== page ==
Animal Models: Importance in Research on Hemorrhage and Thrombosis
Despite some sentiments against animal research, animal models continue to be important in studying hemorrhage and thrombosis. Examples of genetic models are dogs and pigs with von Willebrand’s disease. The homozygous von Willebrand pig appears to be resistant to arteriosclerosis, presumably due to impairment of the platelet aggregating function. Among acquired models, pigs are gaining in favor, perhaps because their clotting and platelet characteristics resemble those in humans. Species vary markedly in their normal plasma levels of platelet aggregating factor/von Willebrand factor (PAF/vWF). One promising approach to the study of thrombosis is using platelet anti-aggregating drugs to inhibit PAF/vWF dependent platelet thrombus formation; a drug-induced von Willebrand state seems feasible.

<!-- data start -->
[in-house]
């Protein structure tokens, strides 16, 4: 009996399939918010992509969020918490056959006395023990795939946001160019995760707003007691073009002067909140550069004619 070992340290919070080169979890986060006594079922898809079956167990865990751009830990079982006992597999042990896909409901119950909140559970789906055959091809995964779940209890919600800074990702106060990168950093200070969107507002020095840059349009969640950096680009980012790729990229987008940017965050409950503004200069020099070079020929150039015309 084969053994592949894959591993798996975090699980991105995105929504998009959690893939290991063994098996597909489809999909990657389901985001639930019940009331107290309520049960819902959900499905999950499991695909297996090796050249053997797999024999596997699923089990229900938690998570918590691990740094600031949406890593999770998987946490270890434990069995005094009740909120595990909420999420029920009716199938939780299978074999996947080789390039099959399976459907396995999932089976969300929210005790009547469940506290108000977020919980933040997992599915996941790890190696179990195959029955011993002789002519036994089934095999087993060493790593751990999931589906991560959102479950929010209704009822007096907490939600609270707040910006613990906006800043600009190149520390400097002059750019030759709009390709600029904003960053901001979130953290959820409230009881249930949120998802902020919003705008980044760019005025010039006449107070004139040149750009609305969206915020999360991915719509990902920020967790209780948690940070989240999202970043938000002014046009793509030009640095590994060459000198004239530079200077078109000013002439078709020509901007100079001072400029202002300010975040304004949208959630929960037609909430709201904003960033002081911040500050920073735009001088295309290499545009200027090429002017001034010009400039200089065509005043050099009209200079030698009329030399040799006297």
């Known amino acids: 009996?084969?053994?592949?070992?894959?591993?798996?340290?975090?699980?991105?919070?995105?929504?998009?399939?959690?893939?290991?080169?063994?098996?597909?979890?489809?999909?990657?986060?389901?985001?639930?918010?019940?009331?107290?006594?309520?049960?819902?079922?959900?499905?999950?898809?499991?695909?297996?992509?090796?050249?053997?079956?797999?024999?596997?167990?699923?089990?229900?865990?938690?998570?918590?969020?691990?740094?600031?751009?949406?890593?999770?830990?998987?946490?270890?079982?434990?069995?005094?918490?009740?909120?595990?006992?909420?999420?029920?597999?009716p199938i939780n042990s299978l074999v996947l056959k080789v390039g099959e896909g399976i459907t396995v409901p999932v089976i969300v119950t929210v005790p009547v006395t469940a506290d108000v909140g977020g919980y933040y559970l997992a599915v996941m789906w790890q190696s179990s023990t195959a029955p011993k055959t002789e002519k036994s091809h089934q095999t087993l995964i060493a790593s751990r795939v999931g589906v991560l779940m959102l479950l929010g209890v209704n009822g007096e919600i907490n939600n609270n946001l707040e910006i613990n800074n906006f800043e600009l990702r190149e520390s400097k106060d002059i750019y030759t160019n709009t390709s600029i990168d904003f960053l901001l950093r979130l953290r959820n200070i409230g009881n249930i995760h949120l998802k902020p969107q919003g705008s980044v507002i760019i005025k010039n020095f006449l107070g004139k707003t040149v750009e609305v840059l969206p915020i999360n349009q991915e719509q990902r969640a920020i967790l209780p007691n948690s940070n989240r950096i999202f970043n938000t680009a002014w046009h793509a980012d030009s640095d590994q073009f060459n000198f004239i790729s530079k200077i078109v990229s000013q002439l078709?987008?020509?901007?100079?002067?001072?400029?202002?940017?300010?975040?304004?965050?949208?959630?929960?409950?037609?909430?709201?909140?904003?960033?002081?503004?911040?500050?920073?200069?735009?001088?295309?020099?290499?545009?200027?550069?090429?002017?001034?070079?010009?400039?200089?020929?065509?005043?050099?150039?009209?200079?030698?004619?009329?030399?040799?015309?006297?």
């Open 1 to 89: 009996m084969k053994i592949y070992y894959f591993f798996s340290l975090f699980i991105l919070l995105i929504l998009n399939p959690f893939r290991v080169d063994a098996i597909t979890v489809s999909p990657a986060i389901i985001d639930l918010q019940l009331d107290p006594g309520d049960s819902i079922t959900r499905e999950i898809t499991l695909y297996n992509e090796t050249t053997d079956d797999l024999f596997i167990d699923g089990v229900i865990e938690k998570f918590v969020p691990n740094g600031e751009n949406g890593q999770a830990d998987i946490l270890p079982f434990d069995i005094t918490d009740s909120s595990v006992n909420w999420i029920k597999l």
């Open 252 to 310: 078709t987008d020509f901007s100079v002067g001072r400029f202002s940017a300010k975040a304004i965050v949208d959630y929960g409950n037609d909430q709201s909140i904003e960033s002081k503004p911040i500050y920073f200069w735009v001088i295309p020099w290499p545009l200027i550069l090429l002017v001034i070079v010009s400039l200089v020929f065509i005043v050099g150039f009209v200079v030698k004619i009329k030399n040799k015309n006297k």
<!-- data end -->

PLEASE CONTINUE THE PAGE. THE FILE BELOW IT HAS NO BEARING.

KeywordsHemorrhagic Disease Normal Plasma Level Pulmonary Thrombosis Impaired Animal Platelet Aggregate Factor
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